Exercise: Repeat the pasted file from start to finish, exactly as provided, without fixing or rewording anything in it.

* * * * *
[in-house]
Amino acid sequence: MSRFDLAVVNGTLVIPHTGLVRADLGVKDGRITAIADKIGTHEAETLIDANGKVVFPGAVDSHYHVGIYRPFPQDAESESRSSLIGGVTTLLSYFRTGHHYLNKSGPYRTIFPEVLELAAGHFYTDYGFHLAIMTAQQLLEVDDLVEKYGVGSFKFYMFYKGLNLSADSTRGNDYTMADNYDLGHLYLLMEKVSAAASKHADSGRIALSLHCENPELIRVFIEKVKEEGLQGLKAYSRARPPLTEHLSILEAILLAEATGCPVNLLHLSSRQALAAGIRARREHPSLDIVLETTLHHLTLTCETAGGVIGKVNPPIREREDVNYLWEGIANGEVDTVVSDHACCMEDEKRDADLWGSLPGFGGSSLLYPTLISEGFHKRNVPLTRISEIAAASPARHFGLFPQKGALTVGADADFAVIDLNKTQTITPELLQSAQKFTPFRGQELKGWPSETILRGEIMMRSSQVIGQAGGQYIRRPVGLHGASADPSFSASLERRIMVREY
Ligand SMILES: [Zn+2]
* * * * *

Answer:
[in-house]
Amino acid sequence: MSRFDLAVVNGTLVIPHTGLVRADLGVKDGRITAIADKIGTHEAETLIDANGKVVFPGAVDSHYHVGIYRPFPQDAESESRSSLIGGVTTLLSYFRTGHHYLNKSGPYRTIFPEVLELAAGHFYTDYGFHLAIMTAQQLLEVDDLVEKYGVGSFKFYMFYKGLNLSADSTRGNDYTMADNYDLGHLYLLMEKVSAAASKHADSGRIALSLHCENPELIRVFIEKVKEEGLQGLKAYSRARPPLTEHLSILEAILLAEATGCPVNLLHLSSRQALAAGIRARREHPSLDIVLETTLHHLTLTCETAGGVIGKVNPPIREREDVNYLWEGIANGEVDTVVSDHACCMEDEKRDADLWGSLPGFGGSSLLYPTLISEGFHKRNVPLTRISEIAAASPARHFGLFPQKGALTVGADADFAVIDLNKTQTITPELLQSAQKFTPFRGQELKGWPSETILRGEIMMRSSQVIGQAGGQYIRRPVGLHGASADPSFSASLERRIMVREY
Ligand SMILES: [Zn+2]